September 1, 2005
Still more criticism of House anti-gang bill
In May, the US House of Representatives passed anti-gang bill, HR 1279, which includes many new and increased federal mandatory minimum sentences (background here and here). That bill, as detailed in posts here and here and here, generated an enormous amount of criticism in newspaper editorials back in May. And, thanks to this informative post at TalkLeft, I now see that the Washington Post this morning has this potent editorial on the bill. Here's a snippet:
A bill backed by the Bush administration and already passed by the House would unwisely federalize many local street crimes, stripping them from state prosecution if they could be tied even tenuously to gang activity. The so-called gangbusters bill would also establish mandatory minimum sentencing requirements, which remove much flexibility from sentencing and make little allowance for the circumstances of individual defendants; similar federal and state schemes have proved unfair and harmful....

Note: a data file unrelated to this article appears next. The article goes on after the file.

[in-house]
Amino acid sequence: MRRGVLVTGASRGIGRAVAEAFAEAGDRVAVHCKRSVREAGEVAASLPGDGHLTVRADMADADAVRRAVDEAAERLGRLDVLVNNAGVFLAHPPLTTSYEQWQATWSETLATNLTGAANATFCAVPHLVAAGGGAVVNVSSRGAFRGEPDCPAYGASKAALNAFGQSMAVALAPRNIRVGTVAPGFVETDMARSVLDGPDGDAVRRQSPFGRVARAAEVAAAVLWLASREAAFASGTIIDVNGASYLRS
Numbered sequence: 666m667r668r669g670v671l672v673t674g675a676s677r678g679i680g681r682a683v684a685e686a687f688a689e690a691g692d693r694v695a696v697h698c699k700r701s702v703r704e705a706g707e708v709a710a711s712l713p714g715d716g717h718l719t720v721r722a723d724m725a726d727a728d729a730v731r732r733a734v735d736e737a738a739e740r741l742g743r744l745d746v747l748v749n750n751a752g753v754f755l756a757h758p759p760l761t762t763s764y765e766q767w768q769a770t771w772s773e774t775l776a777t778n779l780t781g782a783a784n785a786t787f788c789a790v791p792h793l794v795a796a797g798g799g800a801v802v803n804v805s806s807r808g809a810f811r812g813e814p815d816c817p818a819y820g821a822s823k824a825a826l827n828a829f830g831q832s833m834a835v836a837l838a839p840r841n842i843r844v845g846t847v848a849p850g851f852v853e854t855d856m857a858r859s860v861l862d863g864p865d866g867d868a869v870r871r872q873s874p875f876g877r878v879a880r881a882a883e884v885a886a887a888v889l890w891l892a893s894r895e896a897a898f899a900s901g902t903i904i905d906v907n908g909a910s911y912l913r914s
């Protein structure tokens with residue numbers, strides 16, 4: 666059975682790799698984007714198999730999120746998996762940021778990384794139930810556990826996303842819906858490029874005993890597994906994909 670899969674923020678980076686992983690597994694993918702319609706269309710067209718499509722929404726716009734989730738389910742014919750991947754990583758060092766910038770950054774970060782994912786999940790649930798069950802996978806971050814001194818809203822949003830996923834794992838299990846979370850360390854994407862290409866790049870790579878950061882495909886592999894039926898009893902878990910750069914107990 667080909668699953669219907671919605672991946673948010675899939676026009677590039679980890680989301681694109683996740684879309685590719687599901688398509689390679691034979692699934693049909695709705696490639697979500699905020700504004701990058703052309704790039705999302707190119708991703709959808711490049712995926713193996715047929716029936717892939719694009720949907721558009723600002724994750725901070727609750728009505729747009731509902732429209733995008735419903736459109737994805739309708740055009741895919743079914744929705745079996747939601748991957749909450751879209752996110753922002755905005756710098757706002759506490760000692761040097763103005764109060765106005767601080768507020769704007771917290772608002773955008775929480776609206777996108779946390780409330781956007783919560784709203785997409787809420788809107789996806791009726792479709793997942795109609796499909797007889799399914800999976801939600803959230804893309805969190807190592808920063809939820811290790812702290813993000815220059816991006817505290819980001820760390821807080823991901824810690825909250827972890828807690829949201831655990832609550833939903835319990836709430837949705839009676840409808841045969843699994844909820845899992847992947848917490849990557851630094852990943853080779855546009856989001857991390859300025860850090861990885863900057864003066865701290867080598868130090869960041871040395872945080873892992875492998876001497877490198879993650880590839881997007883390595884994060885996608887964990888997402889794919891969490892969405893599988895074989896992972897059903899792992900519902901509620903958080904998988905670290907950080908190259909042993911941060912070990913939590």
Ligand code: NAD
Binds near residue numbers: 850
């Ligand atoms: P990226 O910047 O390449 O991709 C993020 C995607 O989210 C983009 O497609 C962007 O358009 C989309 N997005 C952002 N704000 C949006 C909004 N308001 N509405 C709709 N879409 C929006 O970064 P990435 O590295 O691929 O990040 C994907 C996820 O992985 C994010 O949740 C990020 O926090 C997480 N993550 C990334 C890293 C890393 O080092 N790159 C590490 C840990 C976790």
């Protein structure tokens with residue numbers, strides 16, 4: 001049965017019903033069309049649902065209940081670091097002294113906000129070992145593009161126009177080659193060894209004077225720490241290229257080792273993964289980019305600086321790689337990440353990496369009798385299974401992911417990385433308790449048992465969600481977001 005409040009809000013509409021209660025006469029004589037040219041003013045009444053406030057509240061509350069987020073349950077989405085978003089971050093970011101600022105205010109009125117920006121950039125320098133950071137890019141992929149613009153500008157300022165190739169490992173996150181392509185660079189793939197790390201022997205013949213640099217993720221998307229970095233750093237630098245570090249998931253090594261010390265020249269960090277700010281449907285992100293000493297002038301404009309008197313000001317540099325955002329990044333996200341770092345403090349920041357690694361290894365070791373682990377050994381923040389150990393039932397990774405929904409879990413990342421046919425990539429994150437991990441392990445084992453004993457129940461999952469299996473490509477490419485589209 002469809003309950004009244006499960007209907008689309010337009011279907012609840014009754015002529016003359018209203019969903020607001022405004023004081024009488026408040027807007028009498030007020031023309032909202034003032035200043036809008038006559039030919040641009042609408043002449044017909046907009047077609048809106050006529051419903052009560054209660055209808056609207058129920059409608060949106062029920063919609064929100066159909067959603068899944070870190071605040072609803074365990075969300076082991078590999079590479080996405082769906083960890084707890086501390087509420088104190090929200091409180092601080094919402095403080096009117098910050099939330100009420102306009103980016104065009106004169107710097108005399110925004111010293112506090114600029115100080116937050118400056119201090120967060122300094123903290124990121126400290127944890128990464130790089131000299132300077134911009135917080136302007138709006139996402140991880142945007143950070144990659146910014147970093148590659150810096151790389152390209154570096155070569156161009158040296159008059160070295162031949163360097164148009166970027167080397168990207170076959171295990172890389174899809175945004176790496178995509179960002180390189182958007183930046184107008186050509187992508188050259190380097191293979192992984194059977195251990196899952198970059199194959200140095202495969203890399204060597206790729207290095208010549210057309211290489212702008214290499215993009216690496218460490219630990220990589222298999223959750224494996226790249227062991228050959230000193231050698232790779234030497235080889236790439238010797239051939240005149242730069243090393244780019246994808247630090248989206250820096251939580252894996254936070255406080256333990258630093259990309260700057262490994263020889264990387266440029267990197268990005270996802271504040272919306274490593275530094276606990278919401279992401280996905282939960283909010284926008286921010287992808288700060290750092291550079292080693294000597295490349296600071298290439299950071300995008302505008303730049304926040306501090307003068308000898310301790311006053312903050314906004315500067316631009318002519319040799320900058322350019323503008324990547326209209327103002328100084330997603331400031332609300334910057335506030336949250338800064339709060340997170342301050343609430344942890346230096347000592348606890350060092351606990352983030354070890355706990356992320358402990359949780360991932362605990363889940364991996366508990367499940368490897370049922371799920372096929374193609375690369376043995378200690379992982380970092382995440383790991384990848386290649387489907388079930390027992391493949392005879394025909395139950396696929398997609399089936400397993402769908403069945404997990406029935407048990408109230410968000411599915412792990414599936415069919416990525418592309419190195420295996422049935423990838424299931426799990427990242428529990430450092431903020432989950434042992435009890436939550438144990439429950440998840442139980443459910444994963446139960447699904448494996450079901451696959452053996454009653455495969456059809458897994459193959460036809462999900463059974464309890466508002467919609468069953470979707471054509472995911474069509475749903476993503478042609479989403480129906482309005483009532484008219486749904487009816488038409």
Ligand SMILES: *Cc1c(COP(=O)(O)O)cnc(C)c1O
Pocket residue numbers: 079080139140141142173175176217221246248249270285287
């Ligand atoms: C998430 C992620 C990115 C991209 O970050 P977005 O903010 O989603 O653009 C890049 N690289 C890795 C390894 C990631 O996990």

Bush has proposed spending $150 million over three years to prevent gang involvement, with the funds to be dispersed through grants to faith-based and community organizations that attempt to steer at-risk youths away from gangs and into supportive social programs. The House and Senate have each cut that request but appear likely to appropriate some funds. The success of that program, not just draconian sentencing or increased numbers of federal investigations and prosecutions, will be a critical test of whether the administration's commitment to combating gangs is real or just a rhetorical priority.
September 1, 2005 at 07:35 AM | Permalink
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